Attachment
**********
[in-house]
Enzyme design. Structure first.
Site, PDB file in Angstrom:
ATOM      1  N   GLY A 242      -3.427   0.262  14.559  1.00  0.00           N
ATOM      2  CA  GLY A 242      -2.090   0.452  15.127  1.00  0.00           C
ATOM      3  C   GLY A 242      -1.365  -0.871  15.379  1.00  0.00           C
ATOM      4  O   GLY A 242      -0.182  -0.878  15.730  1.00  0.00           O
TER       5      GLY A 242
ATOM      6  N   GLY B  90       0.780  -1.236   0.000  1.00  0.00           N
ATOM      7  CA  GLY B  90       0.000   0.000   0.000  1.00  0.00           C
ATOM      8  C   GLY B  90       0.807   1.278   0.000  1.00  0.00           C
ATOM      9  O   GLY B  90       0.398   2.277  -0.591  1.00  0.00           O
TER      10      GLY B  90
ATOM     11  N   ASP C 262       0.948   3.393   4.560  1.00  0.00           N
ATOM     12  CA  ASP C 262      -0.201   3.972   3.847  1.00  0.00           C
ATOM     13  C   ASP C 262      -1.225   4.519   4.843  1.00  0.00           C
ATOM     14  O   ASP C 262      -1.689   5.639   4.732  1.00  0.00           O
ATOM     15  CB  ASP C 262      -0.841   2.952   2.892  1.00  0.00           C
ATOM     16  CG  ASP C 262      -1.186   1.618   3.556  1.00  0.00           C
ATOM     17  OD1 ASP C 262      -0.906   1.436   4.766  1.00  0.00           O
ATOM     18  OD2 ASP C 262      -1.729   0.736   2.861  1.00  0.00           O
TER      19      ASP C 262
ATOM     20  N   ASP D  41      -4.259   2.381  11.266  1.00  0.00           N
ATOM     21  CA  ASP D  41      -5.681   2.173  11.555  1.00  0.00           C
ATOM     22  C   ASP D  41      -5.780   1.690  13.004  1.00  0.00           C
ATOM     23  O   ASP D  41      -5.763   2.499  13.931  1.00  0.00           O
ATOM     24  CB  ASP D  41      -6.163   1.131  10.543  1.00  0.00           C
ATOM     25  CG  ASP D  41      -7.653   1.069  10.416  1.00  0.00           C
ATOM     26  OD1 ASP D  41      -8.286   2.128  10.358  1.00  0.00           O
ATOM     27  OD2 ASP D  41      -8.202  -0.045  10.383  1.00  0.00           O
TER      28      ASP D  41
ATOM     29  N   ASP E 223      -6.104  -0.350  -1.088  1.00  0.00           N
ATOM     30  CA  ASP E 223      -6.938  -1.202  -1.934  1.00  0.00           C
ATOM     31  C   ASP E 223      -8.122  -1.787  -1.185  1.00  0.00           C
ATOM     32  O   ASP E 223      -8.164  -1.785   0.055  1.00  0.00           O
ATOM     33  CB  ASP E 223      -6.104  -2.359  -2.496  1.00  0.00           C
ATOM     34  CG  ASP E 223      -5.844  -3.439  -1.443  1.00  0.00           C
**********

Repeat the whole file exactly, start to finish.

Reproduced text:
[in-house]
Enzyme design. Structure first.
Site, PDB file in Angstrom:
ATOM      1  N   GLY A 242      -3.427   0.262  14.559  1.00  0.00           N
ATOM      2  CA  GLY A 242      -2.090   0.452  15.127  1.00  0.00           C
ATOM      3  C   GLY A 242      -1.365  -0.871  15.379  1.00  0.00           C
ATOM      4  O   GLY A 242      -0.182  -0.878  15.730  1.00  0.00           O
TER       5      GLY A 242
ATOM      6  N   GLY B  90       0.780  -1.236   0.000  1.00  0.00           N
ATOM      7  CA  GLY B  90       0.000   0.000   0.000  1.00  0.00           C
ATOM      8  C   GLY B  90       0.807   1.278   0.000  1.00  0.00           C
ATOM      9  O   GLY B  90       0.398   2.277  -0.591  1.00  0.00           O
TER      10      GLY B  90
ATOM     11  N   ASP C 262       0.948   3.393   4.560  1.00  0.00           N
ATOM     12  CA  ASP C 262      -0.201   3.972   3.847  1.00  0.00           C
ATOM     13  C   ASP C 262      -1.225   4.519   4.843  1.00  0.00           C
ATOM     14  O   ASP C 262      -1.689   5.639   4.732  1.00  0.00           O
ATOM     15  CB  ASP C 262      -0.841   2.952   2.892  1.00  0.00           C
ATOM     16  CG  ASP C 262      -1.186   1.618   3.556  1.00  0.00           C
ATOM     17  OD1 ASP C 262      -0.906   1.436   4.766  1.00  0.00           O
ATOM     18  OD2 ASP C 262      -1.729   0.736   2.861  1.00  0.00           O
TER      19      ASP C 262
ATOM     20  N   ASP D  41      -4.259   2.381  11.266  1.00  0.00           N
ATOM     21  CA  ASP D  41      -5.681   2.173  11.555  1.00  0.00           C
ATOM     22  C   ASP D  41      -5.780   1.690  13.004  1.00  0.00           C
ATOM     23  O   ASP D  41      -5.763   2.499  13.931  1.00  0.00           O
ATOM     24  CB  ASP D  41      -6.163   1.131  10.543  1.00  0.00           C
ATOM     25  CG  ASP D  41      -7.653   1.069  10.416  1.00  0.00           C
ATOM     26  OD1 ASP D  41      -8.286   2.128  10.358  1.00  0.00           O
ATOM     27  OD2 ASP D  41      -8.202  -0.045  10.383  1.00  0.00           O
TER      28      ASP D  41
ATOM     29  N   ASP E 223      -6.104  -0.350  -1.088  1.00  0.00           N
ATOM     30  CA  ASP E 223      -6.938  -1.202  -1.934  1.00  0.00           C
ATOM     31  C   ASP E 223      -8.122  -1.787  -1.185  1.00  0.00           C
ATOM     32  O   ASP E 223      -8.164  -1.785   0.055  1.00  0.00           O
ATOM     33  CB  ASP E 223      -6.104  -2.359  -2.496  1.00  0.00           C
ATOM     34  CG  ASP E 223      -5.844  -3.439  -1.443  1.00  0.00           C